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Post-authorisation passive enhanced safety surveillance of seasonal influenza vaccines: protocol of a pilot study in England

de Lusignan, Simon, Dos Santos, G, Correa, Ana, Haguinet, F, Yonova, Ivelina, Lair, F, Byford, Rachel, Ferreira, Filipa, Stuttard, K and Chan T, T (2017) Post-authorisation passive enhanced safety surveillance of seasonal influenza vaccines: protocol of a pilot study in England BMJ Open, 78 (5). pp. 1-11.

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To pilot enhanced safety surveillance of seasonal influenza vaccine meeting the European Medicines Agency (EMA) requirement to rapidly detect a significant increase in the frequency or severity of adverse events of interest (AEIs), which may indicate risk from the new season’s vaccine.

Study design

A prospective passive enhanced safety surveillance combining data collection from adverse drug reaction (ADR) cards with automated collection of pseudonymised routinely collected electronic health record (EHR) data. This study builds on a feasibility study carried out at the start of the 2015/2016 influenza season. We will report influenza vaccine exposure and any AEIs reported via ADR card or recorded directly into the EHR, from the commencement of influenza vaccination and ends as specified by EMA (30 November 2016).


Ten volunteer English general practices, primarily using the GSK influenza vaccines. They had selected this vaccine in advance of the study.


People who receive a seasonal influenza vaccine, in each age group defined in EMA interim guidance: 6 months to 5 years, 6–12 years, 13–17 years, 18–65 years and >65 years.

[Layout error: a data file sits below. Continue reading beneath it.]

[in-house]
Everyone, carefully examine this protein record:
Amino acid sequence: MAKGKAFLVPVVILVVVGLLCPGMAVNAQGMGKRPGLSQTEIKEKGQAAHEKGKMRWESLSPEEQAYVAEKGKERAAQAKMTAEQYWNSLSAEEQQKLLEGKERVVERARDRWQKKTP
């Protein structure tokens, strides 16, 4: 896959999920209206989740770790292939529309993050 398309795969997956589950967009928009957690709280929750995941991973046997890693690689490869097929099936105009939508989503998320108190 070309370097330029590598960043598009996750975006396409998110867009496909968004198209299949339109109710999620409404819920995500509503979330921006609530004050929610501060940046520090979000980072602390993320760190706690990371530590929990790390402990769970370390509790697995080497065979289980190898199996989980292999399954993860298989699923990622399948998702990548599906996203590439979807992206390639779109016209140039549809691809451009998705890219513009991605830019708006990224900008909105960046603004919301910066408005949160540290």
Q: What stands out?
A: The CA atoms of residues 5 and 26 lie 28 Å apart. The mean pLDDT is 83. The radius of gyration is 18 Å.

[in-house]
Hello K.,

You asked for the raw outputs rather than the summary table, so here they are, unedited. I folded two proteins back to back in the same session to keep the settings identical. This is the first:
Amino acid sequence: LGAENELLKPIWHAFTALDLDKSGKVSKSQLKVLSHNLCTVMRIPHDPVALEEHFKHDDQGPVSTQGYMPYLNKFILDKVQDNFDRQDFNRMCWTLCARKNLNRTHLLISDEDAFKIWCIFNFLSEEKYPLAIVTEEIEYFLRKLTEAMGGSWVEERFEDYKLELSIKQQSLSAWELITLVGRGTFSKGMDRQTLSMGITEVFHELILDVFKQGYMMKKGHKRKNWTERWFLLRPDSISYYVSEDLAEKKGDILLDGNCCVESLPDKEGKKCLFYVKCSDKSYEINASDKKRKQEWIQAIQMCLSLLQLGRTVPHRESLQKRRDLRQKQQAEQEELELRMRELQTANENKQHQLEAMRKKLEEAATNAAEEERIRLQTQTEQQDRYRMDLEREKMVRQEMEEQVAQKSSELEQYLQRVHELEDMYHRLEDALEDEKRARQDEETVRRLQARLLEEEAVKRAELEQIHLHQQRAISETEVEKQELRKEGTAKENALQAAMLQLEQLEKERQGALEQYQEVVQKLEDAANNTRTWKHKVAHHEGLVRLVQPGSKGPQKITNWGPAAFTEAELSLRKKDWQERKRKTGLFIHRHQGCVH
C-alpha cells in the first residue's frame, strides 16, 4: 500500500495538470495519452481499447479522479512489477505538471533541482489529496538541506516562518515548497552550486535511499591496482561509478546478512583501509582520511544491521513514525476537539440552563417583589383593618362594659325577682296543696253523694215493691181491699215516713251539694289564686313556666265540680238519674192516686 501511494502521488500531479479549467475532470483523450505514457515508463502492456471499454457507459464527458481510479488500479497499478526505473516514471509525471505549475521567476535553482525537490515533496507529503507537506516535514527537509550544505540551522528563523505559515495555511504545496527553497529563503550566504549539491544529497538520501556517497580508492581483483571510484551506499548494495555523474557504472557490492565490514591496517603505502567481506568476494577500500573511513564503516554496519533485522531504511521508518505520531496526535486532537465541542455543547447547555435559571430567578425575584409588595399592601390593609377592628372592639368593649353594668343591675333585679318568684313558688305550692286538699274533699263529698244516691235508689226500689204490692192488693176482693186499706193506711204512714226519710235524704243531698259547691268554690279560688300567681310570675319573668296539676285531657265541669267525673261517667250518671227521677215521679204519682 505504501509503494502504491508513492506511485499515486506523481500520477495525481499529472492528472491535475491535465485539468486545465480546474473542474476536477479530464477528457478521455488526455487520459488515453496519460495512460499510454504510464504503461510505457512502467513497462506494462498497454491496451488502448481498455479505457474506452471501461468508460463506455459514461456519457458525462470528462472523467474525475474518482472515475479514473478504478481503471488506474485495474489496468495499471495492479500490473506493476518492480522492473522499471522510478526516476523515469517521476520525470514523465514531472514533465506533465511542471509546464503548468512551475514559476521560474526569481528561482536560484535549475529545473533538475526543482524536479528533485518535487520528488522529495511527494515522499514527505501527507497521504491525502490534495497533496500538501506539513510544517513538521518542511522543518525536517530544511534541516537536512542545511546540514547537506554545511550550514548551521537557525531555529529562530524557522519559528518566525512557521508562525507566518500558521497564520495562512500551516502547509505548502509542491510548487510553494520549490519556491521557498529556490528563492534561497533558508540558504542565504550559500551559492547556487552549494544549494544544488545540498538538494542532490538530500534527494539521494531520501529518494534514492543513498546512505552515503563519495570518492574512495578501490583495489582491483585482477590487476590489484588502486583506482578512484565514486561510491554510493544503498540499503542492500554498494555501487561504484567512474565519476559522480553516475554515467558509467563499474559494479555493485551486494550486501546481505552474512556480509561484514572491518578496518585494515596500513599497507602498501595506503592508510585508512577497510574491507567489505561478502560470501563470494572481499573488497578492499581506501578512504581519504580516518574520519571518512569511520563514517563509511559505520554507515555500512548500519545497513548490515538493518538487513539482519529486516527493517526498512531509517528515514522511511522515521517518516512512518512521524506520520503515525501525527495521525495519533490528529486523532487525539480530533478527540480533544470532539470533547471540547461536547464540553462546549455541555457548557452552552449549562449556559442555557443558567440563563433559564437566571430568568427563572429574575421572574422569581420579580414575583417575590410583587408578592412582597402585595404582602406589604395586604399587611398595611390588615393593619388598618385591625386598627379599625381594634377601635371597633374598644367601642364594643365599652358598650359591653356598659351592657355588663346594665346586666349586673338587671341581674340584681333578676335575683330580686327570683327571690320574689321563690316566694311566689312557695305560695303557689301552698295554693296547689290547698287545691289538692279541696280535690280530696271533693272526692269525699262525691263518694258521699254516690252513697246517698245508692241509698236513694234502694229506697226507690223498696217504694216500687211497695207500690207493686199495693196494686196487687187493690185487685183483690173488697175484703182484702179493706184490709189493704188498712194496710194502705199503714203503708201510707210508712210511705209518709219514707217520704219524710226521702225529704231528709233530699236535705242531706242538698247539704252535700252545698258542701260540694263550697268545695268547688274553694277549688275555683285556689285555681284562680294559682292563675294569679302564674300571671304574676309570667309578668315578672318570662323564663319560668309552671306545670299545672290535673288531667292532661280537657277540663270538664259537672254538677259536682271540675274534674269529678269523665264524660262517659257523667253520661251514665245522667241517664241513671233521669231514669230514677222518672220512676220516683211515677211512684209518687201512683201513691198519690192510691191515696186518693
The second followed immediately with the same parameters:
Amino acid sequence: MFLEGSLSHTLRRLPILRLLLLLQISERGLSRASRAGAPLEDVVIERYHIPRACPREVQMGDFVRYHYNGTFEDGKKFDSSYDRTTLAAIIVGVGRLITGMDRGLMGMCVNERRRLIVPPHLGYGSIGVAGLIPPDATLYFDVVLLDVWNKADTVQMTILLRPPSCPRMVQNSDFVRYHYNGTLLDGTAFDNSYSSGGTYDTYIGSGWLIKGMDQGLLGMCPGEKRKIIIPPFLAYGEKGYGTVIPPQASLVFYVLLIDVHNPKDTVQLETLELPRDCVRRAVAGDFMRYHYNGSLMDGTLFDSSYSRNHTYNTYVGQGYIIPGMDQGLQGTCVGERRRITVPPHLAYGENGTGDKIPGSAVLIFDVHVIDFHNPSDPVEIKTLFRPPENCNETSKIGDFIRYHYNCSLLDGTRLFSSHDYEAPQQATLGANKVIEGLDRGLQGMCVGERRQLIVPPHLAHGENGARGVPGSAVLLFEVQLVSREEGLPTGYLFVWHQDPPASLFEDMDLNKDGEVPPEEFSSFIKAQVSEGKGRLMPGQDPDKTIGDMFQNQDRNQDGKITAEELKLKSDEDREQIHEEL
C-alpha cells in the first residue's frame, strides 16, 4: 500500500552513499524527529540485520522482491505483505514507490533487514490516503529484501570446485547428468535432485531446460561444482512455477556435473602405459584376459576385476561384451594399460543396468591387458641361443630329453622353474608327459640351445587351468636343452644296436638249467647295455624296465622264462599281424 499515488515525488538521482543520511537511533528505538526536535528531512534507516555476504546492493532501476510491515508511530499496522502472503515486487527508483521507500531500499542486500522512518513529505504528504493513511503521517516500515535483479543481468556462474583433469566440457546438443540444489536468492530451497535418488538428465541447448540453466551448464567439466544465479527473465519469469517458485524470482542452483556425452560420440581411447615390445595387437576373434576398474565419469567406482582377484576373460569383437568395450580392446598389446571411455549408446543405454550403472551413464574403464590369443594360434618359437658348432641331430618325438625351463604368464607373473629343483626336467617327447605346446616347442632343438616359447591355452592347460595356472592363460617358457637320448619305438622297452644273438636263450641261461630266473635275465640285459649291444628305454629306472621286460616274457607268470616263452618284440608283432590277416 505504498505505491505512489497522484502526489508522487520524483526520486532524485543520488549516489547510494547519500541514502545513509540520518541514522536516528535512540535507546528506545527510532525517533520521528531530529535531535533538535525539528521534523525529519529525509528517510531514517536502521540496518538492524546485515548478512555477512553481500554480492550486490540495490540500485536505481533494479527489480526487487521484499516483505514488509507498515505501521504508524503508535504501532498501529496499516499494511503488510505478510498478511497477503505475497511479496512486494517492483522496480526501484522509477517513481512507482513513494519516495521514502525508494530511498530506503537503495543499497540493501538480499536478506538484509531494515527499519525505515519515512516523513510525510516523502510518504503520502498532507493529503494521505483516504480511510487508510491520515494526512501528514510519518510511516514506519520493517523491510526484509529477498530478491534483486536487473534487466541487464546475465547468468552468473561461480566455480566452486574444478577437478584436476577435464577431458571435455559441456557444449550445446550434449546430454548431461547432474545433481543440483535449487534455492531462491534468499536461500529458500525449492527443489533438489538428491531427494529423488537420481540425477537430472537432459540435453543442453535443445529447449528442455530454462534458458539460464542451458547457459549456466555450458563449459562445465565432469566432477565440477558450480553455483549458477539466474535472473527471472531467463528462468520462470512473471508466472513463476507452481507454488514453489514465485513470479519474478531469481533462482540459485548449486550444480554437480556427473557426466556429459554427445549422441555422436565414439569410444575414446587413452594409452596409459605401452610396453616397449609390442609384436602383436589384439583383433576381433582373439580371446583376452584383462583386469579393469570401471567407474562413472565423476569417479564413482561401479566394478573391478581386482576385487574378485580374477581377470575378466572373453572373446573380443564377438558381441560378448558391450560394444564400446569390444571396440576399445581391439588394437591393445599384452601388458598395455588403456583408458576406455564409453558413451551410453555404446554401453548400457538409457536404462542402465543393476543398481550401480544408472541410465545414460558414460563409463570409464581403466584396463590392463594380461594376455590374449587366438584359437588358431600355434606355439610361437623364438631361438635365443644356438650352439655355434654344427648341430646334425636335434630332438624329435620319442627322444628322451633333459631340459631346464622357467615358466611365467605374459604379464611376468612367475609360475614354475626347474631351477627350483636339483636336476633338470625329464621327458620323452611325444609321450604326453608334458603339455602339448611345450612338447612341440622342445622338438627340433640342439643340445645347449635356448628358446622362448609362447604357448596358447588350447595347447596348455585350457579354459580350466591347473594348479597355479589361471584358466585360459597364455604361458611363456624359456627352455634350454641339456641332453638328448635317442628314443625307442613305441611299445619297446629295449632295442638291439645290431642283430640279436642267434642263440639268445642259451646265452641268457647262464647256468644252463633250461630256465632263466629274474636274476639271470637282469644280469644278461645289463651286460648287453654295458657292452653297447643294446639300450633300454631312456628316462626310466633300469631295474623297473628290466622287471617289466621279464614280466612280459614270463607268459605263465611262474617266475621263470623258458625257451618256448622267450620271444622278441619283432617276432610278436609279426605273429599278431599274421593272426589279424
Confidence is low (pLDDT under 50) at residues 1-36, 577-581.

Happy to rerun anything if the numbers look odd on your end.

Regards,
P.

Outcome measures

The primary outcome measure is the rate of AEIs occurring within 7 days postvaccination, using passive surveillance of general practitioner (GP) EHR systems enhanced by a card-based ADR reporting system. Extracted data will be presented overall by brand (Fluarix Tetra vs others), by age strata and risk groups. The secondary outcome measure is the vaccine uptake among the subjects registered in the enrolled general practices.

Item Type: Article
Divisions : Faculty of Health and Medical Sciences > School of Biosciences and Medicine
Authors :
de Lusignan,
Dos Santos, G
Haguinet, F
Lair, F
Stuttard, K
Chan T, T
Date : 17 May 2017
DOI : 10.1136/bmjopen-2016-015469
Copyright Disclaimer : © Article author(s) (or their employer(s) unless otherwise stated in the text of the article) 2017. All rights reserved. No commercial use is permitted unless otherwise expressly granted. This is an Open Access article distributed in accordance with the Creative Commons Attribution Non Commercial (CC BY-NC 4.0) license, which permits others to distribute, remix, adapt, build upon this work non-commercially, and license their derivative works on different terms, provided the original work is properly cited and the use is non-commercial. See:
Depositing User : Jane Hindle
Date Deposited : 15 Sep 2017 10:39
Last Modified : 16 Jan 2019 18:56

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